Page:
Yeshivat Kerem B'Yavneh

Rosh Hashana, Teshuva and Yom Kippur

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By: Rav Moshe Stav

These days that we are in their midst were established as an opportune moment for teshuva, and as a time capable of changing the Heavenly decrees through prayer. On the pasuk, "Seek Hashem when He can be found; call upon Him when He is near" (Yeshaya 55:6), we learn that the days between Rosh Hashana and Yom Kippur are the time that G-d is readily found.

Let us try to reflect upon the meaning of these days, and upon why they were designated to be the days in which G-d is close. Chazal teach us that Rosh Hashana is the date on which Adam was created, and on which he sinned and was reconciliated. He was then told: "You will serve as an example for your children. On this day they will be judged, and G-d will accept them." Regarding Yom Kippur, Chazal say that this day was chosen since on it G-d was appeased and forgave the sin of the golden calf, and on it the second Tablets were given on it. There seem to be two events here that by chance occurred on these days, but this does not explain the connection between the days.

In order to understand this, let us examine the meaning of judgment and of teshuva. When we examine the Rosh Hashana prayers, we hardly note the concept of reward and punishment. The primary emphasis in the prayers is the acceptance of the yoke of Heaven, and even the parts that talk about punishment – their main idea is to express G-d's Hashgacha over the world. Moreover, in all of the Rosh Hashana prayers a person never apologizes for his sins or attempts to exonerate himself. We are even warned by the earlier authorities not to say viduy or to mention sin during these days. If so, how is Rosh Hashana considered part of the aseret yemei teshuva?

Teshuva, as explained in various works (cf. Chovot Halevavot, in the beginning of Sha'ar Hateshuva), is not just a means to avoid punishment, but a tool to return a person, and thereby the world, to perfection. The purpose of Creation is to achieve ideal society and the perfection of the world. When man stumbles and sinks in the lowliness of his physical existence, and thereby causes hester panim –through teshuva he reveals the ability to create his spiritual world anew, and to lead the world to its perfection.

As Chazal point out, "Mizmor shir leyom haShabbat" was said by Adam after he recognized the power of teshuva. When he sinned, Adam was afraid that he had destroyed the world. However, when he realized that it is possible to rectify matters through teshuva, he once again recognized the purpose of Creation, and said, "Mizmor shir leyom haShabbat – to a day that is entirely Shabbat."

This possibility of correction was similarly recognized by Klal Yisrael when they accepted the Torah a second time, after sinning the first time, and they expressed through this the way to reach the purpose anew from the depths and lowliness of sin. Chazal allude to this – Israel were not worthy for that sin, other that to teach the way of teshuva. "R. Yehoshua b. Levi said: Israel did not make the [golden] calf other than to provide a precedent for ba'alei teshuva." (Avoda Zara 4b)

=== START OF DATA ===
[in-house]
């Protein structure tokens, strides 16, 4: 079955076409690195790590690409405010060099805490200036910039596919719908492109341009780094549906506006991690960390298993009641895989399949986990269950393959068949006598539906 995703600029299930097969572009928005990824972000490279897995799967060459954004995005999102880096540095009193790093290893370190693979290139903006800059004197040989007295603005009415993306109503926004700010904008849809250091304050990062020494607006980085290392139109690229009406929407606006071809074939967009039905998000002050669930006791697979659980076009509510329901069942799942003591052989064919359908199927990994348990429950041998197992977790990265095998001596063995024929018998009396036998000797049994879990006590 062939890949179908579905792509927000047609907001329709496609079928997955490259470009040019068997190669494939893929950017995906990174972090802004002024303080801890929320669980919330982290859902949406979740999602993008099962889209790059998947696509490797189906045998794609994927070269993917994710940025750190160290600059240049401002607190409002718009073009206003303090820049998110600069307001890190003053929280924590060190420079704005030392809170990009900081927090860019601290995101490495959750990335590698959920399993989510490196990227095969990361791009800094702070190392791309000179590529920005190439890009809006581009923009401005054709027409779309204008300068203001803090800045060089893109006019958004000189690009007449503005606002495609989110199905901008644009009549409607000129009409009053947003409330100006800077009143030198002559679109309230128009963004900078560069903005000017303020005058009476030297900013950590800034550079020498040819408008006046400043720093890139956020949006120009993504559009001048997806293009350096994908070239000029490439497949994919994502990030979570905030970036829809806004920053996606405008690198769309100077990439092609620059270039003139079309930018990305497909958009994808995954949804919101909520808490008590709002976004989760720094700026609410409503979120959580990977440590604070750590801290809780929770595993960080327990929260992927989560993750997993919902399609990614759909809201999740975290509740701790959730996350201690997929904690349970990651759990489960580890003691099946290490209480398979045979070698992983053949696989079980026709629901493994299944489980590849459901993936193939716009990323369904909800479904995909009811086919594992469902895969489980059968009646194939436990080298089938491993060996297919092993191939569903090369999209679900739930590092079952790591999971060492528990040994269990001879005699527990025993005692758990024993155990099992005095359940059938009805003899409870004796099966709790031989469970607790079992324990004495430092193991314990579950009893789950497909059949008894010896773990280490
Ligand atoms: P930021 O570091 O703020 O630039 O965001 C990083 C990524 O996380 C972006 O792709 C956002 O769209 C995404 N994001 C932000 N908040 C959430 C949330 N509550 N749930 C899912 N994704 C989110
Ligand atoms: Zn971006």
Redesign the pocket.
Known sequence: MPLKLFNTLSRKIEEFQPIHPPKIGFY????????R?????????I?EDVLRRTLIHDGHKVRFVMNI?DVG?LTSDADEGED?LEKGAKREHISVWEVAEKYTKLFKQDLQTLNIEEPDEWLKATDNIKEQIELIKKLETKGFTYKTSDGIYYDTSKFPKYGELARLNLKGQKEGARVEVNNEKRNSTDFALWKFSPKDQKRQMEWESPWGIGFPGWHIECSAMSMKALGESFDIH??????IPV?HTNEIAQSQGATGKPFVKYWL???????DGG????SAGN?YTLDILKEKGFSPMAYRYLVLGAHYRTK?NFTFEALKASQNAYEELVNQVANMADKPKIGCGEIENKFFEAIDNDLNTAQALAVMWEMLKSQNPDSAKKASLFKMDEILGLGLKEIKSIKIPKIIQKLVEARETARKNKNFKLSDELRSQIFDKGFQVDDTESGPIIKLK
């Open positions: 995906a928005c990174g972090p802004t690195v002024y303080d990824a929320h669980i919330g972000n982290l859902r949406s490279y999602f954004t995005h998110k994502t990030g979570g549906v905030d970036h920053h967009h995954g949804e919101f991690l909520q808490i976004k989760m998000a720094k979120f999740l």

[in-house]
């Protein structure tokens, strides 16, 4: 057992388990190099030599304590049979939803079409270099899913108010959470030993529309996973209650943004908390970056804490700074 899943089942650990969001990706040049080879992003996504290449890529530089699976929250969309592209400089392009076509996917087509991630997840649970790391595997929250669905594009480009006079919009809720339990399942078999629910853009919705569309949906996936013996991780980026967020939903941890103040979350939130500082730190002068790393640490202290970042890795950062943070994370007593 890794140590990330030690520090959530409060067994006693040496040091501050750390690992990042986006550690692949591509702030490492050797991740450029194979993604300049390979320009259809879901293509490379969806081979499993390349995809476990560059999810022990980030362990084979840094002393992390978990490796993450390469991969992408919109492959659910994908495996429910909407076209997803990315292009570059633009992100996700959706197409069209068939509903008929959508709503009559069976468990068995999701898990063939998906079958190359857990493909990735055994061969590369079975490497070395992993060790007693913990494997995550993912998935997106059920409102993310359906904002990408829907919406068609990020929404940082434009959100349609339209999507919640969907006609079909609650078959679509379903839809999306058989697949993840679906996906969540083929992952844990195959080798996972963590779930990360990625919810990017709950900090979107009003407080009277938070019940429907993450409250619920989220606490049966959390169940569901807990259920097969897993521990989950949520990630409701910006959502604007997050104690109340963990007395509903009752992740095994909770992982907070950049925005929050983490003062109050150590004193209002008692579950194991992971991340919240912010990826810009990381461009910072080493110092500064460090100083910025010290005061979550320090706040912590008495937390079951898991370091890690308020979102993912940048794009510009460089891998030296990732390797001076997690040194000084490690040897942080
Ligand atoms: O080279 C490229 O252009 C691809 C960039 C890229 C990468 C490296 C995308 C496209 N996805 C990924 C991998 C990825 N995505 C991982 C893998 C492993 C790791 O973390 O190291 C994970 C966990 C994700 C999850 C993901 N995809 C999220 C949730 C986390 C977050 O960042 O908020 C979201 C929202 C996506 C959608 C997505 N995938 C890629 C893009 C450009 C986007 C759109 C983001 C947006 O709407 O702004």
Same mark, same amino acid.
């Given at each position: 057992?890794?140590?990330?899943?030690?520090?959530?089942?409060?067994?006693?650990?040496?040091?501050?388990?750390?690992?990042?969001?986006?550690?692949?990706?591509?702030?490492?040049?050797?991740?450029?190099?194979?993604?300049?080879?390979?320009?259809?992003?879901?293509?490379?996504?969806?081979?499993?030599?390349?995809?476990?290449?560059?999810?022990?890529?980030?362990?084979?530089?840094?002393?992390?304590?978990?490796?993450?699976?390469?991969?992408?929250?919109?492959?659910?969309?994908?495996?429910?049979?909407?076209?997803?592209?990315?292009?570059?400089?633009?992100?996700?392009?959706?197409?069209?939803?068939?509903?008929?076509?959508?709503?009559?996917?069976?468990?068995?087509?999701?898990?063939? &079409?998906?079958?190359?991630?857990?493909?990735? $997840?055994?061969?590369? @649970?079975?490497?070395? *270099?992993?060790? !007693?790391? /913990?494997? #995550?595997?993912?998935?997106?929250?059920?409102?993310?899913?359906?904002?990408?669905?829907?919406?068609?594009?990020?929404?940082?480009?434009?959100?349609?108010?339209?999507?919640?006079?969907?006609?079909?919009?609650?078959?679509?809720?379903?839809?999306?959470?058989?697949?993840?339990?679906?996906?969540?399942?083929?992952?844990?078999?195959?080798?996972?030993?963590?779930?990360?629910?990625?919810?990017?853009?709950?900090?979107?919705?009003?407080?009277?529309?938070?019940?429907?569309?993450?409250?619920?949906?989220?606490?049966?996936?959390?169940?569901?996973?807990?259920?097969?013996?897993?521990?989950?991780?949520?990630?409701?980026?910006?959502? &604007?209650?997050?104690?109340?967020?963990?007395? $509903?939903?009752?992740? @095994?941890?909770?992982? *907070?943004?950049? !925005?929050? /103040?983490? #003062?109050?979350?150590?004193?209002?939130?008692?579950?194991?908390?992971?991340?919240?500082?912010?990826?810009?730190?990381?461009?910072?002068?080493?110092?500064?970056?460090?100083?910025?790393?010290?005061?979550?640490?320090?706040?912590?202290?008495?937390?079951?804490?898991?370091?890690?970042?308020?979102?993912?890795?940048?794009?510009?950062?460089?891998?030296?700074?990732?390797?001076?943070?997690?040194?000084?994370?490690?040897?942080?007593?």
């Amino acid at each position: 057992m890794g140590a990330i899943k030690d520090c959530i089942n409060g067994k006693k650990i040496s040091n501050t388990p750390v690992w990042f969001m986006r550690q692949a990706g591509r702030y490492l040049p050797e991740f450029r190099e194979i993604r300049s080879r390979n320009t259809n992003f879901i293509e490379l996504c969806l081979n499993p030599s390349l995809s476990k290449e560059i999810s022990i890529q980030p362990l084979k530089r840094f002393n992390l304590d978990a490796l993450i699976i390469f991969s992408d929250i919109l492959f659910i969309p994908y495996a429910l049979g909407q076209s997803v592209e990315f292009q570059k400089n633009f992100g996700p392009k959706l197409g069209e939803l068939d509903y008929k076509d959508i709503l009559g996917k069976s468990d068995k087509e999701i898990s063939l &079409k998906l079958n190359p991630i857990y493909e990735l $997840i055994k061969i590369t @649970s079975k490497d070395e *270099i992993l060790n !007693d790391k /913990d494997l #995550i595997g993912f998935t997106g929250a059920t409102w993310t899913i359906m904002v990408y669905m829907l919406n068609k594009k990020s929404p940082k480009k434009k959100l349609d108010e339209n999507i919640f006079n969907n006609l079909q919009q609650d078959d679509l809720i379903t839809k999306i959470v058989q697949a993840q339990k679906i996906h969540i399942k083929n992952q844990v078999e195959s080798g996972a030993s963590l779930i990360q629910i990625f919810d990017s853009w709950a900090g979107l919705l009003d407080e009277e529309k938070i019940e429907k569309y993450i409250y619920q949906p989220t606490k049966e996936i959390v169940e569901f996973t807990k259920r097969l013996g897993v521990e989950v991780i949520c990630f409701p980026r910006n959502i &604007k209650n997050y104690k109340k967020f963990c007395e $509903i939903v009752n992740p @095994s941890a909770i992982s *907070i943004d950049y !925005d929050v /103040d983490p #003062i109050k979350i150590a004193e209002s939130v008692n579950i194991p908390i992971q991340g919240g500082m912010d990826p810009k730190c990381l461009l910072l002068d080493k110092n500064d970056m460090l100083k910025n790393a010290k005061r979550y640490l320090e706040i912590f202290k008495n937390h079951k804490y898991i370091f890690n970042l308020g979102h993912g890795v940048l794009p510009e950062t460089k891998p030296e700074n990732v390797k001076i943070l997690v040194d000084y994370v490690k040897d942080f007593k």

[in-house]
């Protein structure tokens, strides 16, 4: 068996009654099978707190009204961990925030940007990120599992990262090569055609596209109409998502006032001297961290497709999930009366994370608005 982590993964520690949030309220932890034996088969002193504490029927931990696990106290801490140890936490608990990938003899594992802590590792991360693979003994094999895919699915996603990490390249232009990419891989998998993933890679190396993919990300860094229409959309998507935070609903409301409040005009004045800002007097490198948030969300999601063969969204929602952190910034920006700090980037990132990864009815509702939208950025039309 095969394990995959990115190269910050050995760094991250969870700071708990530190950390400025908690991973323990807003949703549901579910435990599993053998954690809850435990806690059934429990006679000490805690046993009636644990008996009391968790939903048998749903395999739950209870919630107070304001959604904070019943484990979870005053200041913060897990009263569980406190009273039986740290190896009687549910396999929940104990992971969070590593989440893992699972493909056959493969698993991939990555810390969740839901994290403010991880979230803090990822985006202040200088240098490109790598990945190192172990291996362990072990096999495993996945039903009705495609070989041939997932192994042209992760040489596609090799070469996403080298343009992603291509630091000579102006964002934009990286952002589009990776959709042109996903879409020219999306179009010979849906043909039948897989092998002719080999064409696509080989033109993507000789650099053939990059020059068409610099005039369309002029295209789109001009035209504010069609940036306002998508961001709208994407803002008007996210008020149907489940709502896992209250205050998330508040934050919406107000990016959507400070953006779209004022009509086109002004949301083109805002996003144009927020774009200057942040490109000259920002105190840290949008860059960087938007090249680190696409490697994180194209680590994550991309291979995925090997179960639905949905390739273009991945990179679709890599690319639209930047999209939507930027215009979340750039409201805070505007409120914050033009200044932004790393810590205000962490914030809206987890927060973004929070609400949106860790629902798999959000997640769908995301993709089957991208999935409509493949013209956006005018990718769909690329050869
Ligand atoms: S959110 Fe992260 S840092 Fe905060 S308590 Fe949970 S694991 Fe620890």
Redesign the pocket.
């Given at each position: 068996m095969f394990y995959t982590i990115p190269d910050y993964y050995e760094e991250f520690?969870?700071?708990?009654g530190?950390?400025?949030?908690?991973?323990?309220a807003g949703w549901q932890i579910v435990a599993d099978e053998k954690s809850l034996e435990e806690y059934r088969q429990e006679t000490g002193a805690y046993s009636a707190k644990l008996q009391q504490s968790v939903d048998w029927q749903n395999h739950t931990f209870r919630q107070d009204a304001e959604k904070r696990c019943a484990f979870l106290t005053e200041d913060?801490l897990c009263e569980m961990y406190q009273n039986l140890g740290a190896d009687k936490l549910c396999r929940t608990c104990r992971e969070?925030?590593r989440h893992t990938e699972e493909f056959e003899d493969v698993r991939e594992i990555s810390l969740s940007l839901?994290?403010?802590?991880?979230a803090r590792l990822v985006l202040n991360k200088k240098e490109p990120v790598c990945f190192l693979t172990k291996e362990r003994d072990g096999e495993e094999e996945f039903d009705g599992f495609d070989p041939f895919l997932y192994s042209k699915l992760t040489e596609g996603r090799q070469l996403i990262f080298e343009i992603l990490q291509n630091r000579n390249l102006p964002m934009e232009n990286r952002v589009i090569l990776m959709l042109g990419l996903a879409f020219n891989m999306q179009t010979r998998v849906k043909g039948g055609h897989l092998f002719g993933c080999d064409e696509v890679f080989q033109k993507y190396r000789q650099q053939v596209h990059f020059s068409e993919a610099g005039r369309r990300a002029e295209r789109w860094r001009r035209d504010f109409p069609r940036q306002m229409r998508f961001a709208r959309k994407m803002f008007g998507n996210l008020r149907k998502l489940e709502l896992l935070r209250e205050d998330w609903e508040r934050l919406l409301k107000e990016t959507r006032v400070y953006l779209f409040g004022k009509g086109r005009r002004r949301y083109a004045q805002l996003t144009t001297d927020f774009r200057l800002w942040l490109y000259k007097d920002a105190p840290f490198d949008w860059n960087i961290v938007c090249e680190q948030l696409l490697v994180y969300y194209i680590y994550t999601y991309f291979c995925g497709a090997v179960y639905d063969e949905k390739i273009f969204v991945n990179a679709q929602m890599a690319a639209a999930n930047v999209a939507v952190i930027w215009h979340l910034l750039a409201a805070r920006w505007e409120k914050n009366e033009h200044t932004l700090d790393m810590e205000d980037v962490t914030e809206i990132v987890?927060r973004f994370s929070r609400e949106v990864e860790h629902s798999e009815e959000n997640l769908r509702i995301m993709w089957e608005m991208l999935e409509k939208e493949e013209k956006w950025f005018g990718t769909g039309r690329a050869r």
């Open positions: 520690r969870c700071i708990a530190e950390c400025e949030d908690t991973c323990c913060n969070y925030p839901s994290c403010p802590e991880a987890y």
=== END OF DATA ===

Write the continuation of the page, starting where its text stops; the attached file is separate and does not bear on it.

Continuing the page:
However, to reach this level, a person has to reveal the spiritual point within himself, and to free himself from the material shackles that he formed by following his desires. To the degree that man frees himself of his drives, he will be shown the Divine Hashgacha that is hidden in the Creation and is not limited by the rules and limitations of justice. This is difficult for the individual. However, when the entire community bands together with this recognition, the power of the community overcomes the limitation that flows from the darkness of materialism, and has the power to cause closeness to G-d.

The very same ability to see the truth, which the community has, which allows the acceptance of teshuva, is inherent in these days, when the memory of the Creation renews. It is easier to see G-d's guidance in the world, and this is the basis for the power of teshuva. This is what is special about these days, that Hashem arranged his world based on the rules of teshuva that it should be easier to see and to understand His involvement in the world, and thereby to reach this recognition of the possibility to correct and renew. On Rosh Hashana we emphasize the Creation and G-d's rule, and we arouse and mention our deep aspiration for the true purpose, which eludes us every year in our spiritual slumber. To the degree that this recognition becomes true and settles in our awareness, we are closer to G-d, and it is in our ability to renew our lives in accordance with this recognition. This is essentially the main point of teshuva.

With this we can understand that on Rosh Hashana our primary prayer is for the yoke of heaven, which is the goal, and for our aspiration to see this rule revealed, and to live (together with all the world) in that existence. In the subsequent days we prepare ourselves to be fit for this, until on Yom Kippur our teshuva is accepted and we renew our acceptance of Torah through this.

Shiur ID: 4046

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